Sydney Water is proposing a new regulation to better manage our wastewater system in wet weather. Sydney Water is seeking input from a range of people including customers, councils, community and environmental groups, and scientists. Get involved and have your say by signing up to Sydney Water Talk and joining the online discussion. Everyone has a role to play in protecting the environment. Members of Oatley Flora and Fauna have attended the three workshops and made comments which are now being considered for a submission to be made in December to the Environment Protection Authority.
Submissions were made by OFF and several individuals on the Sydney Water Environment protection licence 372. This licence relates to southern suburbs sewage treatment system.
The objectives of this licence are to:
a) require practical measures to be taken to protect the environment and public health from sewage
treatment plant effluent and sewer overflows;
b) require proper and efficient management of the sewage treatment system to minimise harm to the
environment and public health;
c) require no deterioration and continuing improvement in the sewage treatment system
environmental performance relative to existing conditions; and
d) minimise the frequency and volume of overflows and sewage treatment plant bypasses.
CLICK HERE TO SEE EPA LICENCE – Licence variation1519252
Main Points made:
- Although the Wet Weather Overflow Abatement Pollution Reduction Program at Lime KilnBay is being under taken reduce the number of wet weather overflows from the North Georges River Submain at Dairy Creek to no more than 10 overflows per 10 years. This refers to just one of the 727 designed overflow points on the Georges River and it simply diverts the overflows from that point to other nearby locations which still empty into the Georges River. It does reduce the impact on the valuable council asset of the Lime Kiln Bay Wetlands however the total ultimate impact on the Georges River remains about the same.
- There need to be fewer overflow events from licensed sewer overflow points and of lesser volumes, and standards for the Georges River that reflect this.
- Georges River standards should be at least the equivalent other areas of Sydney.
- Transparent processes, community consultation built into PRP’s and measurable standards and performance reviews that are reported in plain language to the interested public. Public meeting should be held to give the public an opportunity to ask questions and make comments so that we could be better informed about the systems, how they are operated and what opportunities there are for improving our environments.
Read submissions :
OFF Submission to EPA re Sydney Water Licence Review 2015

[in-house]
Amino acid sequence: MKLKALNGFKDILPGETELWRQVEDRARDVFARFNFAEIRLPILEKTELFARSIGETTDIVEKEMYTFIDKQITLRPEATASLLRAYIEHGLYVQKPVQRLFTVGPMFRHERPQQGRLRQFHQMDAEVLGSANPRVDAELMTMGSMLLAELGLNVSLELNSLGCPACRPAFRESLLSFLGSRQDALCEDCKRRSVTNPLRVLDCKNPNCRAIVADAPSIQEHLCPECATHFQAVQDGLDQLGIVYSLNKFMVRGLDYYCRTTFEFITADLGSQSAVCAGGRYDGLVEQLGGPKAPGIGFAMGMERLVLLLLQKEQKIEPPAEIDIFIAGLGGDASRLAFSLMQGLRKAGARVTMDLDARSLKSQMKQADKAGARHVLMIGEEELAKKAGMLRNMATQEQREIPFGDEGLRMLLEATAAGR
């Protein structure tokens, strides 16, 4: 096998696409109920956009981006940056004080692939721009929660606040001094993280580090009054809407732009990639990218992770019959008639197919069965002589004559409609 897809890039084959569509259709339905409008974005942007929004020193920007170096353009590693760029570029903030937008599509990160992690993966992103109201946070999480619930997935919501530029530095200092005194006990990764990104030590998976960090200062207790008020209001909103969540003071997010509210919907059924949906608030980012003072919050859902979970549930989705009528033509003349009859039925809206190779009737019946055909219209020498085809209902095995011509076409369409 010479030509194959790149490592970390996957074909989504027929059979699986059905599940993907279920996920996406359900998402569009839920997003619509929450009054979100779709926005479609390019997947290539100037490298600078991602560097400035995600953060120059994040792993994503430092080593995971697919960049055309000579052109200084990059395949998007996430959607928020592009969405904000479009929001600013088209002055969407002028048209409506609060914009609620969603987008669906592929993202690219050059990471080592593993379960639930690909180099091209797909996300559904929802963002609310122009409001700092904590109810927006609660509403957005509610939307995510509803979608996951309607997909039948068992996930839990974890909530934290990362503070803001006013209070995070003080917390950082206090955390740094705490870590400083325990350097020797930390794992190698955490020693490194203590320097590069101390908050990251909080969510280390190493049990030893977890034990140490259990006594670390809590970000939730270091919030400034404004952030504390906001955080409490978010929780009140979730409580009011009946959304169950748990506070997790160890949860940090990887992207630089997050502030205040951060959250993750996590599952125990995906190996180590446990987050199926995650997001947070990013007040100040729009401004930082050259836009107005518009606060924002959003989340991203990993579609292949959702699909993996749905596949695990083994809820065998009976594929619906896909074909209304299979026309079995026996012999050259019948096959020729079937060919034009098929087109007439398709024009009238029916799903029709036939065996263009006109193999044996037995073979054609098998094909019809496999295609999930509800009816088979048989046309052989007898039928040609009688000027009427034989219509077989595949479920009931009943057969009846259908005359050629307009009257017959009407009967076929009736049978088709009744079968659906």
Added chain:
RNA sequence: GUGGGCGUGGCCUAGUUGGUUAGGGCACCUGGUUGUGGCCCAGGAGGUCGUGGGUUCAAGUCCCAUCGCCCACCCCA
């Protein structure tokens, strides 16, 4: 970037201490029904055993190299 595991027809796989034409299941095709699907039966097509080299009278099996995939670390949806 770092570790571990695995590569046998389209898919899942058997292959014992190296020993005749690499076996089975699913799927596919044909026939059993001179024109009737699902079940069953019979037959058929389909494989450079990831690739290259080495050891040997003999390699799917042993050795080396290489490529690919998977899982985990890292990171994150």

GREA -Submission to EPA re’ WB licnce Review
Kim Wagstaff submission EPL
MYA Submission SWC EPL
Fifteen members attended the Sydney Water guided tour of its Liverpool Water Recycling Plant on 2 March to learn how the sewage collected from the upper Georges River catchment areas is treated and recycled or discharged to protect the health of our River.
We started with coffee and muffins and a comprehensive briefing on the treatment processes, operations and the Plant’s place in the overall wastewater network and the Georges River basin in particular. The interest shown and questions asked meant this briefing extended for nearly an hour.
The Plant serves a population of about 200,000 people and can treat up to 46 Megalitres of sewage per day (about 20 Olympic swimming pools).
We were then guided around the plant starting at the inlet, then following the step by step treatment process, noting the birdlife including black swans on the holding ponds, to the point of discharge of the treated water. Interestingly, normal operations see this pumped to the North Georges River Submain, which flows through Oatley on its way to Malabar, for discharge to the ocean. Occasionally, treated water is supplied to the Liverpool to Ashfield recycled water pipeline for use by businesses along the way. During wet weather, when flow into the Plant can be 5 or 6 times greater, and under specifically licensed conditions, effluent can be discharged straight into the Georges River.
With modern technology for maximum efficiency the Plant can be operated largely from the control office on a 24/7 basis by a small team. It was noted that 40% of the plant’s energy needs are sourced from onsite cogeneration systems using the gas generated in the sludge digestion tanks to produce electricity. Biosolids resulting from the treatment process are all recycled and ultimately sold for use as compost, fertiliser and on mine rehabilitation sites.
One particular problem brought to our attention was the widespread use of wet wipes, sometimes labelled ‘flushable’, but they are not. Only toilet paper breaks up as required. Other materials cause problems for the machinery and the treatment process. CLICK HERE For more info
We were very impressed by, and thank the staff for the warm welcome and their obvious dedication and passion for their work.
More information: Link shows all Sydney wastewater systems and link for description of the Liverpool WRP.
A total of 8 spills so far this year (6 from the North Georges River Submain) and 26 spills since March 2012. Notwithstanding the rain in March and over the last three days, the last 12 months have been unusually dry, and in theory we should have had a lower than usual number of spills. But it’s not happening.
CLICK HERE TO SEE Rainfall & Sewage Spills Information compiled by Geoff Francis (10.08 2014)